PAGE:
How to Watch Apple's Congressional Hearing

The U.S. Capitol in Washington, D.C., as seen on April 23, 2015. The testimony is the first move by Congress, which so far has stayed mostly quiet on the encryption case. REUTERS/JOSHUA ROBERTS

Congress is finally jumping in the Apple-FBI scrum. The House Judiciary Committee will be hosting its first hearing on Tuesday on the tech giant's refusal to cooperate in opening of the encrypted iPhone of San Bernardino shooter Syed Rizwan Farook, who, with his wife, killed 14 people in December.

The FBI and the Department of Justice would like the phone opened in the name of national security and counterterrorism. Apple is fighting on behalf of the privacy of its millions of users.

What time is it and where can it be watched?

The hearing will take place at 1 p.m. ET/10 a.m. PT, and you can watch the proceedings on C-SPAN 3. The House Judiciary Committee hosts its own live stream as well.

When Newsweek reached out to C-SPAN on whether the hearing will be live streamed online, it could not fully answer. But considering other broadcasts with much less public interest are live streamed and recorded for future viewings, it will likely be available for online viewing Tuesday—or, at the very least, it will be broadcast on C-SPAN radio.

Who will attend the hearing?

Surprisingly, Apple CEO Tim Cook will not be in attendance. He will be represented by his top attorney, Bruce Sewell. On the other side of the debate, FBI Director James Comey and Manhattan District Attorney Cyrus Vance Jr. will make their case for having back-door access to encrypted communications. Although Vance is not directly involved in the San Bernardino case, he has been the most prominent opponent against encryption.

Another notable participant is Susan Landau, a professor of cybersecurity policy at the Worcester Polytechnic Institute. She was also the former senior staff privacy analyst at Google and is one of the most well-regarded experts in cybersecurity and law.

The House Judiciary Committee as a whole is divided between 23 Republicans and 16 Democrats, all with legal backgrounds. The House Judiciary Committee is responsible for the administration of justice in federal courts, law enforcement agencies and other governmental bodies.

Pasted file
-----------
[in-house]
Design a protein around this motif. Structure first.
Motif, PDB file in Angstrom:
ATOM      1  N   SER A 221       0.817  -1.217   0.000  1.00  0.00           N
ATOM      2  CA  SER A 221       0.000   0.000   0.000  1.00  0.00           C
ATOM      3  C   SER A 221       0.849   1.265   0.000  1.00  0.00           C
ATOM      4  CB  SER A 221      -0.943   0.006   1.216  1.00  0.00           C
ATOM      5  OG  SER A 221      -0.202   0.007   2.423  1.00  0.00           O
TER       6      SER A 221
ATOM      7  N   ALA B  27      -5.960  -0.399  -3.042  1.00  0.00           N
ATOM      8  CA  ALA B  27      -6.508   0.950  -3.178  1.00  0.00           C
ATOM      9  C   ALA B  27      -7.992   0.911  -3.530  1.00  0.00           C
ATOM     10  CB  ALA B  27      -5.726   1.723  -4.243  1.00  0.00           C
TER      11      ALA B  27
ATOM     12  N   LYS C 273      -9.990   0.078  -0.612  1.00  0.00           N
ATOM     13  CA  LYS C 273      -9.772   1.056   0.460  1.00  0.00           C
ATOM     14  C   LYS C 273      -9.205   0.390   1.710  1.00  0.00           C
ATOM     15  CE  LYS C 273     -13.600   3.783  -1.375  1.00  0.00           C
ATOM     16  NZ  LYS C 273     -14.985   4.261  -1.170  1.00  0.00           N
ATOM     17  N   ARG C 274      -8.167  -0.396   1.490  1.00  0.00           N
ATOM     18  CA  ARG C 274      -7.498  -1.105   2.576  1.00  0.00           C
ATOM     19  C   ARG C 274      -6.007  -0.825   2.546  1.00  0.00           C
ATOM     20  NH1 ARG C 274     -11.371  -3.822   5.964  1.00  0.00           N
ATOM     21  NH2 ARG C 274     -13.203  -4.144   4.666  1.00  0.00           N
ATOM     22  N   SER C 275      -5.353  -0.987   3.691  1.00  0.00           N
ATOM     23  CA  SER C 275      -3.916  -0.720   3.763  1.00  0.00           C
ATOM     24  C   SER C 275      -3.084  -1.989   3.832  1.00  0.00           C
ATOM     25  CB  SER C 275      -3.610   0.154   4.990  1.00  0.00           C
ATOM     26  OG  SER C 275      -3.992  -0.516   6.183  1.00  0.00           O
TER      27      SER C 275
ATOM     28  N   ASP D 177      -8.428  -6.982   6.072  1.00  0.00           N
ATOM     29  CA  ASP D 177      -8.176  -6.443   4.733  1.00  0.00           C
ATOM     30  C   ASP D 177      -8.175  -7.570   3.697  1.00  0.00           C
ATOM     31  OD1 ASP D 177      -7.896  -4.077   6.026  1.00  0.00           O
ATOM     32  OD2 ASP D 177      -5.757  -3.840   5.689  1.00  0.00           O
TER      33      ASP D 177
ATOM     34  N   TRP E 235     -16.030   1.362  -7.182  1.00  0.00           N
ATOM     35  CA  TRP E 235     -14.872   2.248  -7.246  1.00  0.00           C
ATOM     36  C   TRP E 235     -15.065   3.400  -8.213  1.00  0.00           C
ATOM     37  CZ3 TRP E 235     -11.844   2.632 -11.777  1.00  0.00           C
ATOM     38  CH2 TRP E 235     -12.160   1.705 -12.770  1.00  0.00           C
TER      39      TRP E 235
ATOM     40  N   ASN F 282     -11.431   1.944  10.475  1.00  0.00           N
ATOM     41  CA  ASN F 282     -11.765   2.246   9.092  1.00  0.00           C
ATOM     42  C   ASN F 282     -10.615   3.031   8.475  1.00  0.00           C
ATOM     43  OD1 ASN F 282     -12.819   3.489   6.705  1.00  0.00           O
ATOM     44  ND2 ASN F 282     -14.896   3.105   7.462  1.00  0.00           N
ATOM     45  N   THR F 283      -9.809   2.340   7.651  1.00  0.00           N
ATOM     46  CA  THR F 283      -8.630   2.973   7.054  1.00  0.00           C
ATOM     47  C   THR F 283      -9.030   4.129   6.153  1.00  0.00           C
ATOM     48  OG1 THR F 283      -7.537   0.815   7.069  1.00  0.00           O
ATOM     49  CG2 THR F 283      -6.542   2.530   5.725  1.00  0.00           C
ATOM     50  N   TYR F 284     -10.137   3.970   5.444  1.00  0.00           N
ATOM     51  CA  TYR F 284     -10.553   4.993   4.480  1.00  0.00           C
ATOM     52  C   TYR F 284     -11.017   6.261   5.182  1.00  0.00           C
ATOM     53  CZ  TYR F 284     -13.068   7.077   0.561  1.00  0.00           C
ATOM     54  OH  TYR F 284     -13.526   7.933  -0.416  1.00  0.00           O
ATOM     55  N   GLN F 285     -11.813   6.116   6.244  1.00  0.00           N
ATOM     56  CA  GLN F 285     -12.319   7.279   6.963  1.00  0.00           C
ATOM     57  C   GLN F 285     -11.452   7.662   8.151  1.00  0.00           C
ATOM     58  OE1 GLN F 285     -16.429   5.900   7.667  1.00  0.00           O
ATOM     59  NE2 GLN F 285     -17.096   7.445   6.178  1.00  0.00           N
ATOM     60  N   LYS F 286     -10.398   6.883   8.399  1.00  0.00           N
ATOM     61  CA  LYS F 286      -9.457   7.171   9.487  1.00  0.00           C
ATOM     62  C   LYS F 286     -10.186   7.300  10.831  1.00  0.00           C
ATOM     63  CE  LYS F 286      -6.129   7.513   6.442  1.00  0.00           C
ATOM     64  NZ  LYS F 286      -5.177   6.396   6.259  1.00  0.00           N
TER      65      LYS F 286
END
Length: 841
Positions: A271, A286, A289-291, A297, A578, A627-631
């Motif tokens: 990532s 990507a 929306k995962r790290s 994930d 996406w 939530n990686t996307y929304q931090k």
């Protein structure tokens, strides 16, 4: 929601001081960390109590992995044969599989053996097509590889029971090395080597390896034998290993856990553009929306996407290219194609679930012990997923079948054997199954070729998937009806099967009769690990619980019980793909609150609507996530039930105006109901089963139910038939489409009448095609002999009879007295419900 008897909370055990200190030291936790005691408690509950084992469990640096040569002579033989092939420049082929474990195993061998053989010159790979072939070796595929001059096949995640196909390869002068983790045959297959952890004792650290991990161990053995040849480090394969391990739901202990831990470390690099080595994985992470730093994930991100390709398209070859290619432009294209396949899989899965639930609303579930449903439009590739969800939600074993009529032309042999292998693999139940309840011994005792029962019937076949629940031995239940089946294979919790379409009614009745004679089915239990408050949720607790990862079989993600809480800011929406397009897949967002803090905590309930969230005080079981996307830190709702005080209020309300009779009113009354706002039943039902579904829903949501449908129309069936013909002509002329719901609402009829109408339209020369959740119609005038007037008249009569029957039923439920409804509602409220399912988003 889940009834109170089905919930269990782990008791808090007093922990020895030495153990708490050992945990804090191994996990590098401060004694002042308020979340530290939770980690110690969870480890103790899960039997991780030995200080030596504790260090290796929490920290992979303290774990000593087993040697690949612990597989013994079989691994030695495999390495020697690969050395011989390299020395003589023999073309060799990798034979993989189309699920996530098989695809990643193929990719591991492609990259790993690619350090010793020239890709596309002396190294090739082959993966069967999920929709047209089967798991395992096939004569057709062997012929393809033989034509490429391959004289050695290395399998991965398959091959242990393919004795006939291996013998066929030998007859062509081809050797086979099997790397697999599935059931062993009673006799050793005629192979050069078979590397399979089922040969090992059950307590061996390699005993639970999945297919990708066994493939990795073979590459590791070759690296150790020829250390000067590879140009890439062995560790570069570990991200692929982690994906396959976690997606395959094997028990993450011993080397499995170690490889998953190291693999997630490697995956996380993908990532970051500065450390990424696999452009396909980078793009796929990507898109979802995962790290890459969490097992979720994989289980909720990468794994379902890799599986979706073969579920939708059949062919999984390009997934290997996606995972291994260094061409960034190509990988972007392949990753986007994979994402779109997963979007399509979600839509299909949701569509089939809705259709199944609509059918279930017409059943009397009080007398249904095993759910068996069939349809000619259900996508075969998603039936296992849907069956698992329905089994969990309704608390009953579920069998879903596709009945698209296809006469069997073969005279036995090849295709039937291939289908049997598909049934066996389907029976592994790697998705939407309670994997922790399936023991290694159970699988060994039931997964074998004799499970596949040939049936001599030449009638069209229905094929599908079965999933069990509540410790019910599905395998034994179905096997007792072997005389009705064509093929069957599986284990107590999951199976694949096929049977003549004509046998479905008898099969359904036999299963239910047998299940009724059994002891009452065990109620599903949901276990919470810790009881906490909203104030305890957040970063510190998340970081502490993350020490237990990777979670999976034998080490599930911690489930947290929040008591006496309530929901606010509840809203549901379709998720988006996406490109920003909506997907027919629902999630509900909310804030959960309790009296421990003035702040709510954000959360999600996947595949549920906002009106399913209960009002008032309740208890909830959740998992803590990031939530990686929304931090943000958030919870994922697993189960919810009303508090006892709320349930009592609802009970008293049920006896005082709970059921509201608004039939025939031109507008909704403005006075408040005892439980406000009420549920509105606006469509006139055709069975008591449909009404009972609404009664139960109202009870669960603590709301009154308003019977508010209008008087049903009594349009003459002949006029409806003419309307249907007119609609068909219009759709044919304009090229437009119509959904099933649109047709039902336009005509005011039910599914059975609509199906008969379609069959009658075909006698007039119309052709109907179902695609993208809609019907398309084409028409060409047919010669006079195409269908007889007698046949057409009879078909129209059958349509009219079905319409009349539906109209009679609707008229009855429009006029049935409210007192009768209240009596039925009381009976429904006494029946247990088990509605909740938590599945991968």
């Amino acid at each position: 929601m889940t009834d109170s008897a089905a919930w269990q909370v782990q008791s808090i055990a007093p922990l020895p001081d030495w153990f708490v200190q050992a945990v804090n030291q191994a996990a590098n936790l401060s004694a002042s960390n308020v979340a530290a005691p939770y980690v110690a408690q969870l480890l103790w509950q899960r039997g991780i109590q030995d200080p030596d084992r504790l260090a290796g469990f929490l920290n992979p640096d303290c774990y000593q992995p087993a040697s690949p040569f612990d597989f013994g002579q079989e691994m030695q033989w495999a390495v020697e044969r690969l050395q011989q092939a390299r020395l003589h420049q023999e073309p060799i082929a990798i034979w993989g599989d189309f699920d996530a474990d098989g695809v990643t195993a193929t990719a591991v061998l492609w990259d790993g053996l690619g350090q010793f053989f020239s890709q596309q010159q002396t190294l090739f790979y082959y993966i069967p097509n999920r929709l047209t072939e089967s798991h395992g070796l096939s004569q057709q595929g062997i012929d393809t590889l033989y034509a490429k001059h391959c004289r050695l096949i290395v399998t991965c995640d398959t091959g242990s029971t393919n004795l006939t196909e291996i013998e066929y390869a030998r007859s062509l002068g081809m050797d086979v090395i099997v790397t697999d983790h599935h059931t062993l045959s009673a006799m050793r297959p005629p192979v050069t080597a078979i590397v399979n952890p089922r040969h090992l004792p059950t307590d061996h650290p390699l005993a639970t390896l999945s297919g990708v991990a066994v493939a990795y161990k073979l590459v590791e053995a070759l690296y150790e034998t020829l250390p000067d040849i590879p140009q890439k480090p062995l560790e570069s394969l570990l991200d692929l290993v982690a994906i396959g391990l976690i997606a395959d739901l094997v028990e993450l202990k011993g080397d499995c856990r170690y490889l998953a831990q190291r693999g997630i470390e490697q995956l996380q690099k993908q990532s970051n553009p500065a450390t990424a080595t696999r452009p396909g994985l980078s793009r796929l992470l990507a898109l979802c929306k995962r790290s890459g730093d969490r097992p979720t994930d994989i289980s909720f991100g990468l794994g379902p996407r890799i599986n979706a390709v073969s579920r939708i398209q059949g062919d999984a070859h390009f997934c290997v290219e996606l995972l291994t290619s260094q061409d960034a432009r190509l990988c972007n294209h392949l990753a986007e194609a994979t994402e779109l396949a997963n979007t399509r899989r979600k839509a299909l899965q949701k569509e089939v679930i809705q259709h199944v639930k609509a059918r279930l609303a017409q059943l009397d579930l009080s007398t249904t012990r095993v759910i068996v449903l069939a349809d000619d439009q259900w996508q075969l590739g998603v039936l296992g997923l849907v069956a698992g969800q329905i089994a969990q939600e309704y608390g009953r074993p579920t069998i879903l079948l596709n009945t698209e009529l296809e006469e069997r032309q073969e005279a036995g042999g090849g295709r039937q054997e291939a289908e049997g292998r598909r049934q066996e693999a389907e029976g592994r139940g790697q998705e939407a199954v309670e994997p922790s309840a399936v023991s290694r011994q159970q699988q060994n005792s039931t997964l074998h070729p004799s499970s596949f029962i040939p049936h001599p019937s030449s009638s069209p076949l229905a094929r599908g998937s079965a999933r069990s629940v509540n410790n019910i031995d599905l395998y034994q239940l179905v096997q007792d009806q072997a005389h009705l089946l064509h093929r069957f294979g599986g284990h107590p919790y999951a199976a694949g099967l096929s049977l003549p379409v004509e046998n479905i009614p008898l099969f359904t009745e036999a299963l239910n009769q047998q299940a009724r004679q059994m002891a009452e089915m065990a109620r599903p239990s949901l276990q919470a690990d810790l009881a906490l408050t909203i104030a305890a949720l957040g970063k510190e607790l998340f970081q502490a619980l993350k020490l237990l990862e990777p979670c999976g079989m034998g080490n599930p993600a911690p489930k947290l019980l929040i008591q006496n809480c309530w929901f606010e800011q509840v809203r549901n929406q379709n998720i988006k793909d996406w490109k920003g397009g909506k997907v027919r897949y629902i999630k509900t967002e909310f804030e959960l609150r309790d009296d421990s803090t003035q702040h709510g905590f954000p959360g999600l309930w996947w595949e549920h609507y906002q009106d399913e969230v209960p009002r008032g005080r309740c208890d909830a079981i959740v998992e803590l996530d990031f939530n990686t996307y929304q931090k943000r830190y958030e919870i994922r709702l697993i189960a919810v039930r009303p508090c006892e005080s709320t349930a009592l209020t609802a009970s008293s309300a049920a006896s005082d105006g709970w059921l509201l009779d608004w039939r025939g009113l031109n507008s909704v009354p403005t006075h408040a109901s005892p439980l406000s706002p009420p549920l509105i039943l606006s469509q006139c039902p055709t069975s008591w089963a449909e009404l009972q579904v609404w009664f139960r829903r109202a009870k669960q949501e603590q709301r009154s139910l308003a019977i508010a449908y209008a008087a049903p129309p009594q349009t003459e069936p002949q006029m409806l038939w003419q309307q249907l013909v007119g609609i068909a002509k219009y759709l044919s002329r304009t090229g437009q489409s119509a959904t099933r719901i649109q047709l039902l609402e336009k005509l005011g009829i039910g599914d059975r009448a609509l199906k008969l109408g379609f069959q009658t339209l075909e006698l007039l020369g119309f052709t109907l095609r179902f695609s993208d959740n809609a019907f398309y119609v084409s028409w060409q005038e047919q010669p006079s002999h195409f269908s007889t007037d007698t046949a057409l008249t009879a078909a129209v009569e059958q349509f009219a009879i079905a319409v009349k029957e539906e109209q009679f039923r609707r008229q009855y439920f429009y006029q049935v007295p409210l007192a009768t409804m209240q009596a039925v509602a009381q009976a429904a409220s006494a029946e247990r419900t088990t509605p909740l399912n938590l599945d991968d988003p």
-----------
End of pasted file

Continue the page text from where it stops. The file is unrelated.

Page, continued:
On Monday, Republican member Darrell Issa—who also serves as chairman of the Subcomittee on Courts, Intellectual Property and the Internet—wrote an op-ed in Wired in support of Apple's arguments. "If the government is successful in forcing Apple to help decrypt the phone in this case, it would create a dangerous precedent that would allow the government to continue coming back again and again to decrypt all kinds of devices in all kinds of circumstances, far beyond national security," Issa writes.

What is Apple's game plan?

In a written testimony released on Monday, which Sewell will present at the hearing, Apple makes the same argument that Cook made in his public letter on February 16: Creating a custom software to crack Farook's iPhone will affect all other iPhones and that Apple does not have the technology yet to break into the phone.

The only change in Apple's rhetoric in the testimony is its appeal to Congress, rather than the courts, to take action. Sewell indirectly takes shots at the All Writs Act of 1789, which serves as the legal foundation in the FBI's attempts to compel Apple to cooperate.

"Encryption is a good thing, a necessary thing," reads Sewell's testimony. "Most importantly, the decisions should be made by you and your colleagues as representatives of the people, rather than through a warrant request based on a 220 year- old-statute."

What will come out of the hearing?

Just because a hearing has happened does not mean Congress is ready to wade into the debate to pass legislation. Several lawmakers told The Wall Street Journal that Congress "is unlikely to muster a solution anytime soon" because of sharp philosophical differences between the pro-FBI and pro-Apple sides in Capitol Hill and because of the looming presidential election.

Both the FBI and Apple asked Congress to take action and act as a mediator in the larger debate. The hearing may swing public opinion toward Apple or the FBI, but from a policy point of view, it will likely be ineffective. It may just assure both the FBI and Apple that legislators are looking at the case